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On Thu, 16 May 2019, 14:33 Raymond Brown, <[log in to unmask]> wrote:

> On 16/05/2019 10:30, And Rosta wrote:
> > On Thu, 16 May 2019 at 03:55, Stewart Fraser wrote:
> [snip]
> >
> >> Present tense is the infinitely small slice of time occurring NOW.
> > This is not so. It is indeed the time that is occurring now, but the
> > temporal extent of Now is not infinitely small but rather extends
> > to the boundary of Then; it's entirely analogous to the extent of
> > Here,
>
> I think this is too vague and, I suspect, both Stewart and I would not
> go along with this.  I also suspect that it is a difference in the
> understanding of "present" that has caused BPJ and Jörg to hold that
> present time is not compatible with perfective aspect.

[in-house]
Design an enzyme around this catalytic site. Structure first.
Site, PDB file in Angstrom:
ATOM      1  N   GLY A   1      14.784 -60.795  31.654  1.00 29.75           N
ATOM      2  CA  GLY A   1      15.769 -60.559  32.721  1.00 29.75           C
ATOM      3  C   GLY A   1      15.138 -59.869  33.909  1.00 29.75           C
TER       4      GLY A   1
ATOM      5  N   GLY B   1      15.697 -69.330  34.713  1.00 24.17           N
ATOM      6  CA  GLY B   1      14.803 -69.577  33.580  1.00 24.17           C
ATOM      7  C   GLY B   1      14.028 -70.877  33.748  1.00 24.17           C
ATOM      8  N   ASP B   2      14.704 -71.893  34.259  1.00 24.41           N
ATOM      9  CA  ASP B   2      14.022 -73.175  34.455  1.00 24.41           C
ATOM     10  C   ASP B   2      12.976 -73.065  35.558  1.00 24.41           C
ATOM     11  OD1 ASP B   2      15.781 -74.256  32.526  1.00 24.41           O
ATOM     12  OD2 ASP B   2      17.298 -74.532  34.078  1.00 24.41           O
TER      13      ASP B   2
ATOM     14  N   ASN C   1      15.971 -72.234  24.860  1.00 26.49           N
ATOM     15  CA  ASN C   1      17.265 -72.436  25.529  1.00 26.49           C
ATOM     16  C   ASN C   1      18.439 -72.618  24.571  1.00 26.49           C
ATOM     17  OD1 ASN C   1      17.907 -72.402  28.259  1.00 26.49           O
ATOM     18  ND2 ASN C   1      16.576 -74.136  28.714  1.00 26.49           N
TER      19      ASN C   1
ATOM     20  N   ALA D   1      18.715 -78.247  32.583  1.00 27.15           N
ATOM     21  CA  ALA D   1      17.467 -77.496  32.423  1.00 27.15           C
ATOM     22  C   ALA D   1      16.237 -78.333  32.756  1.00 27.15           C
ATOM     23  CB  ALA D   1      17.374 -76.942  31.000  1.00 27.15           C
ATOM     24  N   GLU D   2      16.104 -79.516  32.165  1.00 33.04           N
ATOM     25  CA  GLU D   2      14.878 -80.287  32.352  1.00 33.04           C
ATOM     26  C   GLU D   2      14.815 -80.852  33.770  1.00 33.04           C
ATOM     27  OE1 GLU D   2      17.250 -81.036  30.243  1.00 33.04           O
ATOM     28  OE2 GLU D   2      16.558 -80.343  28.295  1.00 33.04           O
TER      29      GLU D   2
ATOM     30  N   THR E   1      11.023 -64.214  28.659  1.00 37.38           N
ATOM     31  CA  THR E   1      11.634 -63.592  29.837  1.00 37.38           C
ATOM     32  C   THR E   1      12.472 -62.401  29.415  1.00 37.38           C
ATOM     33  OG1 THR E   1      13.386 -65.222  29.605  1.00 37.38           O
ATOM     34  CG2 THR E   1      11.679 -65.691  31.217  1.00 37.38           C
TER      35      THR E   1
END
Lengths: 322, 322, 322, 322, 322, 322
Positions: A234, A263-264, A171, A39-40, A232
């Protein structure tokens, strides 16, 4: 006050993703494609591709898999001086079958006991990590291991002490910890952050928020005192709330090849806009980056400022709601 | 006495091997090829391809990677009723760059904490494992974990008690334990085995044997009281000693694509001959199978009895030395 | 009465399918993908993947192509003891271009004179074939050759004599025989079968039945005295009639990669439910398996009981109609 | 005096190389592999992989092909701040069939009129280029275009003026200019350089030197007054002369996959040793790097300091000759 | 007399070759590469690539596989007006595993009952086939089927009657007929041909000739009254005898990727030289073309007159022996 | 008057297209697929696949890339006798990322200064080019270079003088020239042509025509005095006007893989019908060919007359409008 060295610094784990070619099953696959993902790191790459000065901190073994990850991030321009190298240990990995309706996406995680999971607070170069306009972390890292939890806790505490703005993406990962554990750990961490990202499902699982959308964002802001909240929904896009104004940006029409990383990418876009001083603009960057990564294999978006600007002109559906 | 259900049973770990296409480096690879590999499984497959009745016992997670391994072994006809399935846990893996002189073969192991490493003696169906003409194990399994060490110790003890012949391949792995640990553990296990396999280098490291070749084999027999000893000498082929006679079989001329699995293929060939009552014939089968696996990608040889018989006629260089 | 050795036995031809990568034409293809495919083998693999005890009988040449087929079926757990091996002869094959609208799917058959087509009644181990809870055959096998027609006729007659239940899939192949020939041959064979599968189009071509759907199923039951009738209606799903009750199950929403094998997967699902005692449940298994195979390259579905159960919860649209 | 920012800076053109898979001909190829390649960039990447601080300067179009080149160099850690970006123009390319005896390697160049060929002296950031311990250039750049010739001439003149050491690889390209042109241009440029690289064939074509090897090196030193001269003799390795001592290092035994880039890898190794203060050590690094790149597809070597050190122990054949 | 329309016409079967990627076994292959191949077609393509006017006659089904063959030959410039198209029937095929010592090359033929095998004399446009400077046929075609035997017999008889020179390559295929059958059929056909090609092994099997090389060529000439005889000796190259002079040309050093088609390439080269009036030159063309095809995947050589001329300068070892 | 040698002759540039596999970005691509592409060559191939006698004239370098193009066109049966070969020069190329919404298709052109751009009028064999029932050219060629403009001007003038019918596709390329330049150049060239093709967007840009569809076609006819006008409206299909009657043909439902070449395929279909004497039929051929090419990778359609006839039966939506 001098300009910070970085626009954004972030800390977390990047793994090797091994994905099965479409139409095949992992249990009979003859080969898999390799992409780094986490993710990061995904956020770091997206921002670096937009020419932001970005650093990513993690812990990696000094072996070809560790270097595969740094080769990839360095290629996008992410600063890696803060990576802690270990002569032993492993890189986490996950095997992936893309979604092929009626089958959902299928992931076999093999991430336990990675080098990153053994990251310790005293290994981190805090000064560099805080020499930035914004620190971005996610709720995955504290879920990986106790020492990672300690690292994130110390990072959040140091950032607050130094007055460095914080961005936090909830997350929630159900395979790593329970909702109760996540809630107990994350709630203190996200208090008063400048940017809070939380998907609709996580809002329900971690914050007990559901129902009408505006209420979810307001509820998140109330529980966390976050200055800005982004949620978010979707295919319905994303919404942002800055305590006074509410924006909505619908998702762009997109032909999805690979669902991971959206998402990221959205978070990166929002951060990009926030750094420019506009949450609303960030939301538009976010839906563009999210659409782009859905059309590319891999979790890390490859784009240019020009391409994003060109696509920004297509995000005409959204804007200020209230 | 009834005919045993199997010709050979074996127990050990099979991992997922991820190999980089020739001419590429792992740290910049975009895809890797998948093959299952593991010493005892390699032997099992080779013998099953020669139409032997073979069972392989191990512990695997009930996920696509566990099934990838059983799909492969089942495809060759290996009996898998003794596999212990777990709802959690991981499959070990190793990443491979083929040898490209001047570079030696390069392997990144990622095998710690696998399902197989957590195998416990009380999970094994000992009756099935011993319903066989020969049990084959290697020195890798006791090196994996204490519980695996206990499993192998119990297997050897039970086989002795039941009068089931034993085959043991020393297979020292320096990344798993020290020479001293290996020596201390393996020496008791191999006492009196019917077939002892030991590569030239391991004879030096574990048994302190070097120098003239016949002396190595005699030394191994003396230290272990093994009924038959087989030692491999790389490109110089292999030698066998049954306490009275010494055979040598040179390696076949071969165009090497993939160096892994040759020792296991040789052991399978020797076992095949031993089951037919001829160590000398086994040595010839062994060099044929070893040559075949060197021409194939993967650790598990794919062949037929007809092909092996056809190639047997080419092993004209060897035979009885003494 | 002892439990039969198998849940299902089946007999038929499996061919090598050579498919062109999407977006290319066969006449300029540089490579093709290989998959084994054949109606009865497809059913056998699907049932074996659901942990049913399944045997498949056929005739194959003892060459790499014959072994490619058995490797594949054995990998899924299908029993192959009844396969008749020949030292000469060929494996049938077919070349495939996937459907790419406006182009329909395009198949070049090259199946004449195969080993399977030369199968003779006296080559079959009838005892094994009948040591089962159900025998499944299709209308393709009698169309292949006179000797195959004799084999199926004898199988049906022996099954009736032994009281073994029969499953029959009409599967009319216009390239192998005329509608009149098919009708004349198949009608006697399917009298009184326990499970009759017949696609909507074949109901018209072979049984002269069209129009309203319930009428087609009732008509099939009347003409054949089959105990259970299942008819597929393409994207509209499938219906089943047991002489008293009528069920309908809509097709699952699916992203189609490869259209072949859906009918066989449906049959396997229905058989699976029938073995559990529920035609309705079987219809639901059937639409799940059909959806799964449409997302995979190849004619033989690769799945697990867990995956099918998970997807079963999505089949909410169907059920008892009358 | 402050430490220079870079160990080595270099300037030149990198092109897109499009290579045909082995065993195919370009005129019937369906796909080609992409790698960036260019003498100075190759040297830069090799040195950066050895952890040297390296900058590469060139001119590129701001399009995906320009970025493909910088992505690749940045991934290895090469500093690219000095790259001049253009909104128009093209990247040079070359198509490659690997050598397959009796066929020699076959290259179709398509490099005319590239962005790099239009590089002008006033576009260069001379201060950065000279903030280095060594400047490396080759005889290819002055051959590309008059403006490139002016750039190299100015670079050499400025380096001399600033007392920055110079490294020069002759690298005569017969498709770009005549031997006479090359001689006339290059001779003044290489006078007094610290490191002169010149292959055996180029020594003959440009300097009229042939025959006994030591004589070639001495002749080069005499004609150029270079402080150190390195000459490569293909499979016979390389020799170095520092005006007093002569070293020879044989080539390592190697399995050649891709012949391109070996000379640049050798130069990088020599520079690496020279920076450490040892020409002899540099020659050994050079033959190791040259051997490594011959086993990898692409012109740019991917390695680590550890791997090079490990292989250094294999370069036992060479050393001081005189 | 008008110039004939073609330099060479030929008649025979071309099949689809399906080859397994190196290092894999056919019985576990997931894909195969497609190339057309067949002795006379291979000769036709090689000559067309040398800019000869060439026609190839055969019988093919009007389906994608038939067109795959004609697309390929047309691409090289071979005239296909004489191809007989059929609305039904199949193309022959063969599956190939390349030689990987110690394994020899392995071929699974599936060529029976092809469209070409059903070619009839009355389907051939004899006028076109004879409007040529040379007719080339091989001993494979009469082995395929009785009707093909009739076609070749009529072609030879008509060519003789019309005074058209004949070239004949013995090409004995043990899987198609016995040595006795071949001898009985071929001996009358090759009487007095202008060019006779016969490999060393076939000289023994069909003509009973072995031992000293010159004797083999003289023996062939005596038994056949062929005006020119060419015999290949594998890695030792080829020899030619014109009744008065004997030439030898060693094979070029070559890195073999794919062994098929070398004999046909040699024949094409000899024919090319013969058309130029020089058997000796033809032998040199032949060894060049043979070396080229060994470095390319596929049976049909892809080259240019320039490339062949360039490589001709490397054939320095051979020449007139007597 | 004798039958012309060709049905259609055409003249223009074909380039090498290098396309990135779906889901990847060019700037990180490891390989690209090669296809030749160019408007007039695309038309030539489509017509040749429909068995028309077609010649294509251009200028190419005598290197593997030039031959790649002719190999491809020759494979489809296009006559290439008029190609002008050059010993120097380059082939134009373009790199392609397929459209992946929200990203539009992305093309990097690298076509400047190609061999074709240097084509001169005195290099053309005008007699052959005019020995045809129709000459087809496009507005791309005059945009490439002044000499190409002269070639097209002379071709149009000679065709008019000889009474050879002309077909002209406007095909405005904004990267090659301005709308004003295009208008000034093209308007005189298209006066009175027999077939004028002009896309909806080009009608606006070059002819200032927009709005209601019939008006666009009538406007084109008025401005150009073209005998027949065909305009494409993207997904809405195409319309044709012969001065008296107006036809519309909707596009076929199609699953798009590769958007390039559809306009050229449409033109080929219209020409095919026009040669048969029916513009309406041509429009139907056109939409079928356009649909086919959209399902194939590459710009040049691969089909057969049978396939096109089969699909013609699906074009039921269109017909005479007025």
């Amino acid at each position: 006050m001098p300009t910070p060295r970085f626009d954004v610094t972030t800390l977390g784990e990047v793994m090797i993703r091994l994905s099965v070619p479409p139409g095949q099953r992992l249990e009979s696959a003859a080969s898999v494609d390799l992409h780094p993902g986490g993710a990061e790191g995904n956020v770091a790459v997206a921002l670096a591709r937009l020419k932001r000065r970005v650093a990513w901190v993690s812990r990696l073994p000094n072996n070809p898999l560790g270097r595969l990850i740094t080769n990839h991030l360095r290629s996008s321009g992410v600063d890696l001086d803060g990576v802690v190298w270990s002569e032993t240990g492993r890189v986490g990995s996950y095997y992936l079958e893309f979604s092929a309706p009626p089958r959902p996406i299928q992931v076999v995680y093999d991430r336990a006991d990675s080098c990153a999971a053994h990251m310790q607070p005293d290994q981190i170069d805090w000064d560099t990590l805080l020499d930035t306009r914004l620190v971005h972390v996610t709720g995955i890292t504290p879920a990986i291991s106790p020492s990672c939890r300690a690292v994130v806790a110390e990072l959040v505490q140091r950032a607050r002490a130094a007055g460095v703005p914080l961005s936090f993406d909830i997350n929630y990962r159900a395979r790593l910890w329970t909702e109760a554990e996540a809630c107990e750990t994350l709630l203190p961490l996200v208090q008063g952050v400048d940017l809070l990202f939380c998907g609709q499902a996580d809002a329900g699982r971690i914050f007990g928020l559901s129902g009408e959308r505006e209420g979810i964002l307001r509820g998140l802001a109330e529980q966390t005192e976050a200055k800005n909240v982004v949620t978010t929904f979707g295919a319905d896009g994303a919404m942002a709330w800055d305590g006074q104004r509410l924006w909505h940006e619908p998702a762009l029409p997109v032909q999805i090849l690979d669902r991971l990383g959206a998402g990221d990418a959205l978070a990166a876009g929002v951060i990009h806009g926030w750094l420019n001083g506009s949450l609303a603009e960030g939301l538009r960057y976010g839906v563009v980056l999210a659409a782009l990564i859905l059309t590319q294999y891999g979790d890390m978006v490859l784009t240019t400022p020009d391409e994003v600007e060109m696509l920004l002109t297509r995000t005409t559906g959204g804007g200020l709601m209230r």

>

Okay -- philosophically a definition of the present moment as punctual, as
the edge of the actual, makes sense. And if that were the meaning of a
language's Present Tense Construction then it would indeed be incompatible
with perfectivity (except under extraordinary circumstances where a
punctual event exactly coincides with the punctual present). But I mean to
define Semantic Present Tense as "the meaning of the (indicative) Present
Tense Construction"; and in English (and I've no reason to believe English
is special in this regard), the meaning of present and past indicative is
"located at/away from the leading edge of actuality". The notion of being
at a place, even a punctual place such as a set of coordinates, is
latitudinous enough that the locatum is not punctual; a mere sufficient
degree of propinquity is enough for non-point X to be at point Y. So yes,
there is probably a difference of definitions; but it strikes me that the
definition I'm working with is fitter for "semantic present tense", while
the definition others have proferred is fitter for "the present moment" or
suchlike.

--And.